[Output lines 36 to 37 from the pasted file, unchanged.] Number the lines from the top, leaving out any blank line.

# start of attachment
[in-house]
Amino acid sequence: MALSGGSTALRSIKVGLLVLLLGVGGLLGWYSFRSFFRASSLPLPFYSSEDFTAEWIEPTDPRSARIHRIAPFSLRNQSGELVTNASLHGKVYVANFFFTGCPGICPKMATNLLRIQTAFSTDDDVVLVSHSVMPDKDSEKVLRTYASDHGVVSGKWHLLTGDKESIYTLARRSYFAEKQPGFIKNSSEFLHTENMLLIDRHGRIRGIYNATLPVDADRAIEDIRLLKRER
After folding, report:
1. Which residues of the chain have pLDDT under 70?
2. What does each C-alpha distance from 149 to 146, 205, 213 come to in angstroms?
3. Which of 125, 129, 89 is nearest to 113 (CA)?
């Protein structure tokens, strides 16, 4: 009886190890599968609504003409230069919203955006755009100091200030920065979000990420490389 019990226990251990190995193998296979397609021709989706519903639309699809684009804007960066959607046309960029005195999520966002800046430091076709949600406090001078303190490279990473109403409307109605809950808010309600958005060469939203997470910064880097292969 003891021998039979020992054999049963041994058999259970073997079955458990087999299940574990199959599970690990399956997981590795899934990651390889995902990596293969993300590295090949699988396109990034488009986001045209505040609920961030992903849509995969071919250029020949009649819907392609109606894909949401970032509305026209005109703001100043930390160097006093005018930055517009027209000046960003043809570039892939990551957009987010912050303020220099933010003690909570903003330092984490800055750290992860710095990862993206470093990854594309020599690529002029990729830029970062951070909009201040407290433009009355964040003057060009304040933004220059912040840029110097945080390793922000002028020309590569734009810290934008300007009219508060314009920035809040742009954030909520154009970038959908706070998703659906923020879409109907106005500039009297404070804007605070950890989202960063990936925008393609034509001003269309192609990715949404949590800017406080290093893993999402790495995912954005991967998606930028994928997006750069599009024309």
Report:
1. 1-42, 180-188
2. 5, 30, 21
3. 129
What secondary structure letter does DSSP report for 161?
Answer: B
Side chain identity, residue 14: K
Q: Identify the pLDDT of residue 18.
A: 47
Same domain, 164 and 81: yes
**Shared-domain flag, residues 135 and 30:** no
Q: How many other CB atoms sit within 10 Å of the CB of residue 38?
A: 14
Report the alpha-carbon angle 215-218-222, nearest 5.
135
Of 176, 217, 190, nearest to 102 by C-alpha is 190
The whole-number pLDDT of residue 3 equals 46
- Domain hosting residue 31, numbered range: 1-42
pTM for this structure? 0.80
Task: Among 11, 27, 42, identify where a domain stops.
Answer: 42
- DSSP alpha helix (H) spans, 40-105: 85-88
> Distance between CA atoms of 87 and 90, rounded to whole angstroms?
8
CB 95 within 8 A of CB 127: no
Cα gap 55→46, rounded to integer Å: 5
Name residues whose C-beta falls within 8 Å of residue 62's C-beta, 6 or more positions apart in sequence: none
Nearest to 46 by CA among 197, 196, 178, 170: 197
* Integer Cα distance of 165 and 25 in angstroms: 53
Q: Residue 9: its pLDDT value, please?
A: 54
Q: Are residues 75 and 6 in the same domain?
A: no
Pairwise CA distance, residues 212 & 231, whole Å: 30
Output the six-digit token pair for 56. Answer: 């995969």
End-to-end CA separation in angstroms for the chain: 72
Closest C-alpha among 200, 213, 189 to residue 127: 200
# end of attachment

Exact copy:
* Integer Cα distance of 165 and 25 in angstroms: 53
Q: Residue 9: its pLDDT value, please?